The group of organs which work in tandem with each other is referred to as the respiratory system. It takes in oxygen and releases carbon dioxide as individuals breathe. As individuals inhale, oxygen-rich air is delivered to the lungs via the windpipe through small tubes. The tubes are known as airways or bronchial tubes. These bronchial tubes then separate into even smaller and thinner tubes known as bronchioles.
On the tips of the bronchioles are round, small air sacs known as alveoli. These are then encompassed by tiny blood vessels referred to as capillaries. As air enters into the alveoli, the oxygen is transported through the capillaries then into the bloodstream. Simultaneously the carbon dioxide travels from the capillaries into the alveoli that it could be exhaled.
Effects Of Aging On The Respiratory System
As individuals age the respiratory system ages. The functions of the system slowly deteriorate over time. Just like other muscles in the body, those which support the breathing process become weaker. This weakness has the potential to prevent individuals from taking in and releasing enough air. This can result in shallow breathing in order to compensate, in particular, if the individual is in pain or is sick. As individuals get older, the lungs also become stiffer, resulting in contracting and expanding being more difficult.
This in turn makes breathing even harder. In addition, specific changes occur in the nervous system, which reduces the efficacy of coughing. When individuals are unable to clear mucus from the lungs via coughing, huge quantities of particles could build up in the airways.
The aforementioned age-related changes could result in an enhanced vulnerability to respiratory infections such as the flu or pneumonia. Individuals may also realize a weakened fortitude for working out or a reduced capacity to perform intense exercises, like biking or running. However, even as individuals age, they should be capable of performing normal activities without much difficulty.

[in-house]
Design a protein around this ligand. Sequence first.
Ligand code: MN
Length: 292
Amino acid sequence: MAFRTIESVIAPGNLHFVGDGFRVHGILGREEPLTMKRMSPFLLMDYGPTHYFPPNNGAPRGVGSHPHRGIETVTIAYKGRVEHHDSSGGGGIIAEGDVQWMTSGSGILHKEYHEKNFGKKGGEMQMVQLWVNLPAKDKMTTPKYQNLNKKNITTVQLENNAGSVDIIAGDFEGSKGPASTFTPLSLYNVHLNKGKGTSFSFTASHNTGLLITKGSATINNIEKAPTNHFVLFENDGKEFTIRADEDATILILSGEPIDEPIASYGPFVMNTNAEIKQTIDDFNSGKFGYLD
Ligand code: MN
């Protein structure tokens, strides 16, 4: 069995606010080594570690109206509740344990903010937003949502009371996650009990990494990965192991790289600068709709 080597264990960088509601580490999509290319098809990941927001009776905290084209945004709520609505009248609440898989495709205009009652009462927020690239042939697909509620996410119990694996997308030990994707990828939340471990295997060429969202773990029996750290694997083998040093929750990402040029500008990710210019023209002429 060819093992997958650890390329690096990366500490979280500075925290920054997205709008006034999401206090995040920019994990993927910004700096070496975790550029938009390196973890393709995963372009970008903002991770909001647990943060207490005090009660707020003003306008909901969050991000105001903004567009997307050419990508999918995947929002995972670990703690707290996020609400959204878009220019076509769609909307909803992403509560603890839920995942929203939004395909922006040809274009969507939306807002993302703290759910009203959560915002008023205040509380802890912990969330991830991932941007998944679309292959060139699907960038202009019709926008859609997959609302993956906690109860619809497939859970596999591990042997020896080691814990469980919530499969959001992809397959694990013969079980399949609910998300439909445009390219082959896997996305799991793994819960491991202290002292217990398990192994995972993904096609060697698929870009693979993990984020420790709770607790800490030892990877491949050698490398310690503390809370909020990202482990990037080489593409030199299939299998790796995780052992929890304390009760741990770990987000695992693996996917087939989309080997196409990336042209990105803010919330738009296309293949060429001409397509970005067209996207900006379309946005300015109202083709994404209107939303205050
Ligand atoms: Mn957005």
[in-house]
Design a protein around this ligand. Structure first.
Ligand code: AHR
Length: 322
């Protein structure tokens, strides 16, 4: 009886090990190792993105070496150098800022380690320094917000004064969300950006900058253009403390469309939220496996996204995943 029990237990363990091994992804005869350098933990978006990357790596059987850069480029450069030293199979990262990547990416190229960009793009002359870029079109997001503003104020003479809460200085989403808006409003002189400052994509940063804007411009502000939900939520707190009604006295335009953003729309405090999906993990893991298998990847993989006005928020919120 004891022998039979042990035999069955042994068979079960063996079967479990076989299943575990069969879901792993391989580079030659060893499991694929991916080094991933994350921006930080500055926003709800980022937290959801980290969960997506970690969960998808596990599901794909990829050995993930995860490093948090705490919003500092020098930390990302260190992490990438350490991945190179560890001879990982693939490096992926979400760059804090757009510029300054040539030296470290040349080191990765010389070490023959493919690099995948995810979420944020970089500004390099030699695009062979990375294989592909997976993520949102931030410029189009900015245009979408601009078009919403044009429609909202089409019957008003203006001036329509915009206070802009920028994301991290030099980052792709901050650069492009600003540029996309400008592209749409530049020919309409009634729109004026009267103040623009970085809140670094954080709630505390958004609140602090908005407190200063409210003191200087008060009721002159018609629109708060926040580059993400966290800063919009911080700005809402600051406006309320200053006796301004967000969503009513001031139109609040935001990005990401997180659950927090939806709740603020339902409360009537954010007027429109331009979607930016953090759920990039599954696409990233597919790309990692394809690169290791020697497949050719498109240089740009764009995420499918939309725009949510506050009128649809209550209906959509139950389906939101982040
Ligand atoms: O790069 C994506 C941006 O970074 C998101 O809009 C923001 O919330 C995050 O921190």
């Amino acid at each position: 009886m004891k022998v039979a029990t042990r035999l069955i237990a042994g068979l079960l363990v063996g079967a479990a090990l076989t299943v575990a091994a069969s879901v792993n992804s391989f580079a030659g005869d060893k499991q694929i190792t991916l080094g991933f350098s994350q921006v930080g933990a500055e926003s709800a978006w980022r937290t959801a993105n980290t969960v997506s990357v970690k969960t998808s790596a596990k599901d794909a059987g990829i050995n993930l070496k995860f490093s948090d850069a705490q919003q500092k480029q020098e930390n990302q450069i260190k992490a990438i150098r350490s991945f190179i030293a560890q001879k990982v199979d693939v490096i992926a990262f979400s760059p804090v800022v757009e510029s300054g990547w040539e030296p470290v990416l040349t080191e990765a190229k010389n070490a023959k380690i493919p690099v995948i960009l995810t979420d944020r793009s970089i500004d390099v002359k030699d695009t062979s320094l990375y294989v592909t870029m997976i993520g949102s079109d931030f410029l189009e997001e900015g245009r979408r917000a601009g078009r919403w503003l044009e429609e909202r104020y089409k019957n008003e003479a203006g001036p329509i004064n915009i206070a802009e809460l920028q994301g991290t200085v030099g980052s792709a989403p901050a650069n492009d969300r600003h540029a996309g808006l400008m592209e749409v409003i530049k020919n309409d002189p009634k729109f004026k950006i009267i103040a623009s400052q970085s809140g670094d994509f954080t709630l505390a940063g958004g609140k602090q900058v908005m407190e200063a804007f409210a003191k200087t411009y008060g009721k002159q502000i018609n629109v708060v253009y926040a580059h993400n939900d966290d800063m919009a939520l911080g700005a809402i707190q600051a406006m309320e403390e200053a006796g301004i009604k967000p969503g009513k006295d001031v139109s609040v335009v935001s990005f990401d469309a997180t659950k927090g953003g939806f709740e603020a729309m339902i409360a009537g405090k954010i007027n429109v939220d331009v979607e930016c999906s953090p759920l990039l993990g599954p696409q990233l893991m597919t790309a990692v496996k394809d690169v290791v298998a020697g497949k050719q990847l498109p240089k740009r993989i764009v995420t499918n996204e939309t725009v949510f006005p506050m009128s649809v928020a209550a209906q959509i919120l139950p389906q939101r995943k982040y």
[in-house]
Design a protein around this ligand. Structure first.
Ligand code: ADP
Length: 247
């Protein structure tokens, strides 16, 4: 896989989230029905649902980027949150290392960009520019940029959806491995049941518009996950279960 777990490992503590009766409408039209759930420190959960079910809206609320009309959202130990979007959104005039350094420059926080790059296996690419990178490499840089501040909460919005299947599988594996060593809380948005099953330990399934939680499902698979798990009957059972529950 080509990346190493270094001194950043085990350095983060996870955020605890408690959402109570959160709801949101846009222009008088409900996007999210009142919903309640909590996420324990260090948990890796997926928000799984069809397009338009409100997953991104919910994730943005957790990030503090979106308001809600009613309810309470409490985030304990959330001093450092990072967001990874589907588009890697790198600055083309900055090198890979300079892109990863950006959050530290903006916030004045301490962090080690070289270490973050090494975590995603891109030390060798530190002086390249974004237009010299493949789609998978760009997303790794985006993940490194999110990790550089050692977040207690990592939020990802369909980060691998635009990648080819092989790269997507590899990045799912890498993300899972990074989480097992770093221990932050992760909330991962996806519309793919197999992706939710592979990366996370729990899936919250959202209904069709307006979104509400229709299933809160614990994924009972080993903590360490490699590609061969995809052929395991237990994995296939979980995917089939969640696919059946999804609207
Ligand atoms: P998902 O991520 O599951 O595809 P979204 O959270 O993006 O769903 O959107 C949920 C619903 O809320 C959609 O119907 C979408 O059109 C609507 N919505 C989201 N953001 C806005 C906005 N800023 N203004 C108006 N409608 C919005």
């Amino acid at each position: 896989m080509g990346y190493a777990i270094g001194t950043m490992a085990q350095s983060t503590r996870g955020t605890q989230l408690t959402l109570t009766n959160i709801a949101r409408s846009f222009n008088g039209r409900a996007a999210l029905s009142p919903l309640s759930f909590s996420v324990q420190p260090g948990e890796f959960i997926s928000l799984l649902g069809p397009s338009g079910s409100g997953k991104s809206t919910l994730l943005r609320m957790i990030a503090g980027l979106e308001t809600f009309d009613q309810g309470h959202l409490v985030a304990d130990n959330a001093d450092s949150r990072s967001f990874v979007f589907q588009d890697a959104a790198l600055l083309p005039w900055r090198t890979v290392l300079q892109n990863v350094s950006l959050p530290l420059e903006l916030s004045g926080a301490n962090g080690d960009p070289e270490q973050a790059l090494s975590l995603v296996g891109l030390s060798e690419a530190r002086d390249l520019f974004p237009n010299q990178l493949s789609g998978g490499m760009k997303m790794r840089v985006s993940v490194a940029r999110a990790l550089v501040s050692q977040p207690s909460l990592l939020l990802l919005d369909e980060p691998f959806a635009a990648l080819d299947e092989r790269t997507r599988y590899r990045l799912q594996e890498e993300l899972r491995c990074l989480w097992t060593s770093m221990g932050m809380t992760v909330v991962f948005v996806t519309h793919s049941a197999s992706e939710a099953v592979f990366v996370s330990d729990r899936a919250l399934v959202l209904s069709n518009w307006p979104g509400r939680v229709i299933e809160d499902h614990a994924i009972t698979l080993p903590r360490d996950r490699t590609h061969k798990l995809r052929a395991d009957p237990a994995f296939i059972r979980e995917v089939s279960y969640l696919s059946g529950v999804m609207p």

In healthy individuals, age-related changes seldom result in symptoms. Notably, age-related changes in the lungs worsen the effects of lung and heart diseases. In particular, the ones resulting from the damaging effects of smoking.
When It Is Not Just Old Age
In the event that individuals are experiencing more severe issues with their breathing, like consistent wheezing and coughing. They might have a condition that is referred to as chronic obstructive pulmonary disease or COPD. This disease is a group of progressive lung diseases, involving chronic bronchitis and emphysema. This condition in the majority of cases is a result of smoking or being exposed to secondhand smoke. However, being subjected to other lung irritants over a period of time, as chemical fumes could aid in developing COPD.
Individuals that suffer from COPD have a very hard time breathing because of reduced amounts of air passing in and out of the airways. This might occur for either of the following reasons: the airways are producing more mucus than normal, clogging the airways. The walls around the airways become thick and swollen. The air sacs walls are damaged or destroyed. The air sacs, airways, and lungs lose their elasticity.
COPD has the potential to seriously restrict an individual’s capacity to engage in the kinds of physical activities they once enjoyed. It could even restrict the person’s ability to complete basic everyday tasks, like cleaning or showering.
Common Symptoms Of COPD
Symptoms for this disease include tightness in the chest, wheezing noise while inhaling and exhaling. It also could manifest as shortness of breath, specifically during exercise. Plus, a persistent cough produces excess amounts of mucus.
Symptoms such as these are not a natural feature of growing old. Therefore, it is vital to consult the health care provider if these symptoms are being experienced. It is crucial that treatment is sought as soon as possible, the reason being, COPD could lead to severe complications. If the disease is allowed to progress, the symptoms could become even worse. Individuals should visit an emergency room urgently if the following symptoms are being experienced: a rapid heartbeat. A lack of mental alertness, gray or blue lips or fingernails, and difficulty breathing or talking.
Receiving treatment at the onset of COPD symptoms could improve the outlook significantly. Although there is not a cure for COPD, there are treatments that could assist individuals in breathing better. It could also help with the remaining active. Treatment at the first sign of COPD could even retard the disease’s progression.